# Point-Free or Die: Part 1

Posted on August 6, 2016

This is the first post in a series about tacit programming and point-free syntax in Haskell and other languages. Be sure to check out Part 2!

For an initial understanding of tacit programming, consider that a synonym for tacit is quiet and an antonym is noisy. Code is noisy when it contains more information than we need to see. It’s quiet…when it doesn’t.

One way of producing tacit code is to write function definitions in a point-free style. As opposed to a point-ful definition, a point-free definition is tacit because it tells you about the function without mentioning one or more of its arguments.

Here is an example of a point-ful definition and its point-free equivalent:

``````lengths ls = map length ls

lengths = map lengths``````

They mean the same thing. Both definitions have this type:

``lengths :: Foldable t => [t a] -> [Int]``

In other words, `lengths` receives a list of foldable structures containing values of some generic type and returns a list of `Int`. That, is the list of lengths.

With differing syntax, the point-ful and point-free definitions communicate differently:

`lengths` receives a list of items and maps each to its `length`.

vs.

`lengths` is a map of `length`.

Consider the succinctness of the second version. It’s shorter and quicker to say, but understanding it requires that you know how `map` acts on the elements of a list.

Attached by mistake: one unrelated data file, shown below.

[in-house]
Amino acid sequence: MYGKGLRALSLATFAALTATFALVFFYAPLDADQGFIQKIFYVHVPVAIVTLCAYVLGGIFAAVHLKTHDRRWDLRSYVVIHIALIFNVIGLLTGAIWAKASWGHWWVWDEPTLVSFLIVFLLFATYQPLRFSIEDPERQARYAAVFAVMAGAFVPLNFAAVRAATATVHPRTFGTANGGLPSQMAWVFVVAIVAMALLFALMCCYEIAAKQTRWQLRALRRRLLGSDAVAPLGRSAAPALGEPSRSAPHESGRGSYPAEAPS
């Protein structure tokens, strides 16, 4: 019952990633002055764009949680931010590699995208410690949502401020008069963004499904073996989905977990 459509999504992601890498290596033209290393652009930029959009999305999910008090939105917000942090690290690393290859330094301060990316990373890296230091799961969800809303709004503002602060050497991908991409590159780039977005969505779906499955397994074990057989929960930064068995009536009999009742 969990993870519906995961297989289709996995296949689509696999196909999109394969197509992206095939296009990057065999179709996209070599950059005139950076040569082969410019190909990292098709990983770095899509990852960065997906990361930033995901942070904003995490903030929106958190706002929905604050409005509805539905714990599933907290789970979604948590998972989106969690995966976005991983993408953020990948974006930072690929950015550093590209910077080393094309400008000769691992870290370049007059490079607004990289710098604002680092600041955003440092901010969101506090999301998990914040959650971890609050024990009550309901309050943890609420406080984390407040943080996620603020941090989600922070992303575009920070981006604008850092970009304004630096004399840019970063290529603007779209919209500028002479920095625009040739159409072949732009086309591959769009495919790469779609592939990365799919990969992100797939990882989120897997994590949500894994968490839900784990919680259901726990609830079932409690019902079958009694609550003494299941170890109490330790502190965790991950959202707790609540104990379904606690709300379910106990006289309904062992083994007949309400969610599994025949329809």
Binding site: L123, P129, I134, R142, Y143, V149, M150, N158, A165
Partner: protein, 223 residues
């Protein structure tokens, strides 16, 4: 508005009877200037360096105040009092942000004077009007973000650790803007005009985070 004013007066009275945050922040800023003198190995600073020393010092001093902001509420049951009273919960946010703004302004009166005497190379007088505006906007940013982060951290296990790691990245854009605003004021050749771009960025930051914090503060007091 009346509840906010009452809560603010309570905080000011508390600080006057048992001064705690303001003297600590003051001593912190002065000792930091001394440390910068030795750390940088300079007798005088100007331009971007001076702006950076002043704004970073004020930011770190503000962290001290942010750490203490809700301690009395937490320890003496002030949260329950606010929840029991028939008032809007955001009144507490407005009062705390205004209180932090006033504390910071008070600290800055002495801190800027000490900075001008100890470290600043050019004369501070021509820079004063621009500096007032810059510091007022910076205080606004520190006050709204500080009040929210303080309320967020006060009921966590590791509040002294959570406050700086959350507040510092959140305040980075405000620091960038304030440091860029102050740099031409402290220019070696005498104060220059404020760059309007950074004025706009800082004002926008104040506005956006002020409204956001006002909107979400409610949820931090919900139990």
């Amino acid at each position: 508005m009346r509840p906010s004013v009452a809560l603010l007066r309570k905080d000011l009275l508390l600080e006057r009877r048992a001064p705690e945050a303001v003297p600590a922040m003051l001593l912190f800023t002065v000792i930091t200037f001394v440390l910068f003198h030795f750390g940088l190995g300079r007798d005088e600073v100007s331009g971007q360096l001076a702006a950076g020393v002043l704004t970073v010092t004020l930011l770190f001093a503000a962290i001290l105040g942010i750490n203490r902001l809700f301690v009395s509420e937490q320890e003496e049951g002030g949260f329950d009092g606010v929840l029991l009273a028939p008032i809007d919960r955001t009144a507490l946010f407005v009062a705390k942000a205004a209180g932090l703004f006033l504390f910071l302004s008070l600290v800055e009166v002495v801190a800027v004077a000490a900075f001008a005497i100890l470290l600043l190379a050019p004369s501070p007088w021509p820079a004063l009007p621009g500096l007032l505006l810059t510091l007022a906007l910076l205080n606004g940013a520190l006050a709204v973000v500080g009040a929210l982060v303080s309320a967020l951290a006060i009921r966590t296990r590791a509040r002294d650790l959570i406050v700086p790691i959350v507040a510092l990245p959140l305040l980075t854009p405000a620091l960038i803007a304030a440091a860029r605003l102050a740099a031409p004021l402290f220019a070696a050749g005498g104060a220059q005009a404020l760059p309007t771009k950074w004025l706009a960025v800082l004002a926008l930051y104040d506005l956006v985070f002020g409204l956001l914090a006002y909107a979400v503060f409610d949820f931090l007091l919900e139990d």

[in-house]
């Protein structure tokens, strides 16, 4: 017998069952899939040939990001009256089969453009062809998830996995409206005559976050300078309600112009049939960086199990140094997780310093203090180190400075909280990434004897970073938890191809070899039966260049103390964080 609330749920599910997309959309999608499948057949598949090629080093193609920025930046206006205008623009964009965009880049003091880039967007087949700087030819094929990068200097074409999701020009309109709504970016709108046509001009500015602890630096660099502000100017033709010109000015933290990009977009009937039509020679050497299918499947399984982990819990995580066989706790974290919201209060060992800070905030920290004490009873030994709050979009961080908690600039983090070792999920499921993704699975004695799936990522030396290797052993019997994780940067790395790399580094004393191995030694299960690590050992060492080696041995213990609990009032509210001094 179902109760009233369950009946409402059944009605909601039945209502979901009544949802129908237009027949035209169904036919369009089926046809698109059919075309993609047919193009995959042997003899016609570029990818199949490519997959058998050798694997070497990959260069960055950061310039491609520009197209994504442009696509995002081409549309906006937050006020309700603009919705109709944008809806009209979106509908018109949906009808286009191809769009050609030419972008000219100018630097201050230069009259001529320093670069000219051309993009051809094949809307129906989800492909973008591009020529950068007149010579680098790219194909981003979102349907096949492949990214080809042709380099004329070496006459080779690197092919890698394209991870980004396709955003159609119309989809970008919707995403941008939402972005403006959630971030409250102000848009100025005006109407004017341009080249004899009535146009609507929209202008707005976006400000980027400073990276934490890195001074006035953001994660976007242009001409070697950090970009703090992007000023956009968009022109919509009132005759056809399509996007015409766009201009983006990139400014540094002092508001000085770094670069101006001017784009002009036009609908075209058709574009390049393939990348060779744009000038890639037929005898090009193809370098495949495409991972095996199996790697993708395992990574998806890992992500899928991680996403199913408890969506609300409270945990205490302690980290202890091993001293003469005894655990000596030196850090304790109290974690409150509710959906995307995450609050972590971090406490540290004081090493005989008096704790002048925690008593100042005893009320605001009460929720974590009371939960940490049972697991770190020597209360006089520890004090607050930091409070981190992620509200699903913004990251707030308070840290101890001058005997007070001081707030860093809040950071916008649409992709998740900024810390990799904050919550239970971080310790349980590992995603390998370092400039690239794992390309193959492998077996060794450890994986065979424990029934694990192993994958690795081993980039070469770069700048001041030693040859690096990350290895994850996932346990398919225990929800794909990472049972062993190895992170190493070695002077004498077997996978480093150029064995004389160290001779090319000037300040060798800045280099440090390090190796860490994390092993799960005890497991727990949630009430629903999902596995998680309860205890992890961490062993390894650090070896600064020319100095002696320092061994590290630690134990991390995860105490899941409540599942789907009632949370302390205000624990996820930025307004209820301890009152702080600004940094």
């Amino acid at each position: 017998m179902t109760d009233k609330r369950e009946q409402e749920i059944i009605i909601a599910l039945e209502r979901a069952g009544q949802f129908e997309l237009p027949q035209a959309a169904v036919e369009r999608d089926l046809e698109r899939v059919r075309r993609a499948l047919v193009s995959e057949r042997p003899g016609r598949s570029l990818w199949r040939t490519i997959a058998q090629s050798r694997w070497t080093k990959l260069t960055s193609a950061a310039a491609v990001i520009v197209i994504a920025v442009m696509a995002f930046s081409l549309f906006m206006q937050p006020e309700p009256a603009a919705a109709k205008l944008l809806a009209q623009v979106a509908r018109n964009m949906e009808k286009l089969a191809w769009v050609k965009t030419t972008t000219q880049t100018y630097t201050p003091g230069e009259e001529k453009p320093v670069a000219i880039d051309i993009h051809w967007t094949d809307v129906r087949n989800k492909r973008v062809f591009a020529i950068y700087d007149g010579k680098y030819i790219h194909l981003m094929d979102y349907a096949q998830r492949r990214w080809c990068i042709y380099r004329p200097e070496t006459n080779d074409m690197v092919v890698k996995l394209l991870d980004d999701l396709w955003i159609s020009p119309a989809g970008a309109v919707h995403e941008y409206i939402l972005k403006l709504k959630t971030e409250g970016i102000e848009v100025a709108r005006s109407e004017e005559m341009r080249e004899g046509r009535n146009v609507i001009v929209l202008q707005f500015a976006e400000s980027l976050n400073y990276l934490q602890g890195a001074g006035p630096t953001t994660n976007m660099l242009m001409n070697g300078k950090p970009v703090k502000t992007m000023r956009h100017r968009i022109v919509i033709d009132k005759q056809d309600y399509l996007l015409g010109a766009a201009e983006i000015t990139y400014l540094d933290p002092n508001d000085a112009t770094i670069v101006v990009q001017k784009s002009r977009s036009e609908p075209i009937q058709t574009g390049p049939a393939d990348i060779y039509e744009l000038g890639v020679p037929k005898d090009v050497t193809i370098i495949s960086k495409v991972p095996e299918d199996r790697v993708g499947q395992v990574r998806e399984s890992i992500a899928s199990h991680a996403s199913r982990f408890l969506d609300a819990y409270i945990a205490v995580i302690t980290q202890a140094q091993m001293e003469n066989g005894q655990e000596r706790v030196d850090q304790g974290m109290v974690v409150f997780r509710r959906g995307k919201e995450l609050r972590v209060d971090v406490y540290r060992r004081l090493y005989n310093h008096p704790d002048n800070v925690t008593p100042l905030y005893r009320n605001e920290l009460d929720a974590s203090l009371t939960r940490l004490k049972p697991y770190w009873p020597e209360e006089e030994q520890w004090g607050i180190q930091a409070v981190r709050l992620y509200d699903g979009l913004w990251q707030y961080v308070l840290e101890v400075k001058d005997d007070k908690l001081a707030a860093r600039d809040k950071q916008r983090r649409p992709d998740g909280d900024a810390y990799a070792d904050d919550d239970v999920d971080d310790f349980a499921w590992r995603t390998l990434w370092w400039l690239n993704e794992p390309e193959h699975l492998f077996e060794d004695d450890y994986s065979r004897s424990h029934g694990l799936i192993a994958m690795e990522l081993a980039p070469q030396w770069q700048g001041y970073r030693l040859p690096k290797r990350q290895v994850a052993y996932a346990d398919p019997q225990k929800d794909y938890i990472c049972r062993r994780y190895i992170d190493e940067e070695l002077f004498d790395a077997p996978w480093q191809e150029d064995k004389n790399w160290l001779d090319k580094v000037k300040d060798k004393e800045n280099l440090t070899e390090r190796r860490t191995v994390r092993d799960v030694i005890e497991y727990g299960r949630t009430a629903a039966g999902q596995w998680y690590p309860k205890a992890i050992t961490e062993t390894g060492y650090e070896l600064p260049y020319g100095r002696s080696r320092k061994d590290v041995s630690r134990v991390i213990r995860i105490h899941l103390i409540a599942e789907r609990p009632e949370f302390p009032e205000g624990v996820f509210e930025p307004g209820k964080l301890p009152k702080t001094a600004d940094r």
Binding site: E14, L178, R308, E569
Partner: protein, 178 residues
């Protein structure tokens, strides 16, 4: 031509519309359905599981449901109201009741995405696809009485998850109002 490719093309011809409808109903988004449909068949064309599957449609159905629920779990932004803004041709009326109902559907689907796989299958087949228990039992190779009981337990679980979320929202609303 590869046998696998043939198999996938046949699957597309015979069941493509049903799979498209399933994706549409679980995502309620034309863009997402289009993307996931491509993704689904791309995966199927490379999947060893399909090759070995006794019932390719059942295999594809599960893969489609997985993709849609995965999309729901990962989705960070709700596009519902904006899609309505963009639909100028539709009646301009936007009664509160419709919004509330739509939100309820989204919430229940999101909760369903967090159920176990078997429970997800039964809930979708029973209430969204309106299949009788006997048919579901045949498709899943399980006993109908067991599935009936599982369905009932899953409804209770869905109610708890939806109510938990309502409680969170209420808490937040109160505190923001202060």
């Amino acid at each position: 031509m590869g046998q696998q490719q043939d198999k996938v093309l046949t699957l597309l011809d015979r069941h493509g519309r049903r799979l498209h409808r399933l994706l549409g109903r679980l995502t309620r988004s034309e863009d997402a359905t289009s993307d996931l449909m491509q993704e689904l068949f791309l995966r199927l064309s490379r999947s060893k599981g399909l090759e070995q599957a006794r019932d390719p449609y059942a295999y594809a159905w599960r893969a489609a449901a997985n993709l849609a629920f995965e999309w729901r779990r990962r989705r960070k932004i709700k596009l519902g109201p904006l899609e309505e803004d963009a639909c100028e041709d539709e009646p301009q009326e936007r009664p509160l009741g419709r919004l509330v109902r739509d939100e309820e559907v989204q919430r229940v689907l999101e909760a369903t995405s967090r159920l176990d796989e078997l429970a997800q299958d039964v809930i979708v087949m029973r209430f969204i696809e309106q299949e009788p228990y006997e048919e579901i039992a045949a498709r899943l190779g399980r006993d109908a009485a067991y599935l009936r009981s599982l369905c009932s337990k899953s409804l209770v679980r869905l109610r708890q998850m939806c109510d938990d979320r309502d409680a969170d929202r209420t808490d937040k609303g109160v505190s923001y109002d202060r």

## Calibrating Abstraction

Here’s another example:

``sum xs = foldr (+) 0 xs``

`sum` is a function that iterates over `xs` to add up its elements, starting from zero and proceeding from right to left.”

Or you could say:

``sum = foldr (+) 0``

`sum` is a right-fold of addition starting from zero.

When we leave out the `xs`, we communicate at a higher level of abstraction. We are no longer talking about what `sum` does, but what it is: a fold with certain properties.

Let’s combine these two functions to make a new one:

``totalNumber ls = foldr (+) 0 (map length ls)``

By substituting in our definitions for `sum` and `lengths`, we get

``totalNumber ls = sum (lengths ls)``

And of course, we can make this look a little more like Haskell by using `\$`.

``totalNumber ls = sum \$ lengths ls``

You could say it’s quieter with the `\$`, but it’s not point-free yet. `totalNumber` is defined in relation to its argument `ls`: “`totalNumber` receives a list of foldable structures and returns the `sum` of the `lengths` of those structures.”

But then, you could also just say, “`totalNumber` is the composition of `sum` and `lengths`.” How do we get there?

``````totalNumber ls =        sum \$ lengths ls
totalNumber ls =        sum . lengths \$ ls
totalNumber    = \ls -> sum . lengths \$ ls
totalNumber    =        sum . lengths``````

This is the process of eta-reduction: converting a point-ful definition to a point-free one. Here it takes three steps:

1. First, we notice that applying `sum` to `lengths ls` is equivalent to applying the composition `sum . lengths` directly to `ls`.
2. Next, we consider that `totalNumber` is a function that receives `ls` and simply applies an expression to it.
3. Finally, we drop the unnecessary lambda, removing `ls` from the definition.

Eta-reduction, also called eta-conversion is a simply mechanical process–which means computers can do it!

In fact, you don’t have to do any of your eta-reduction yourself. Haskell’s `pointfree` library can do it for you!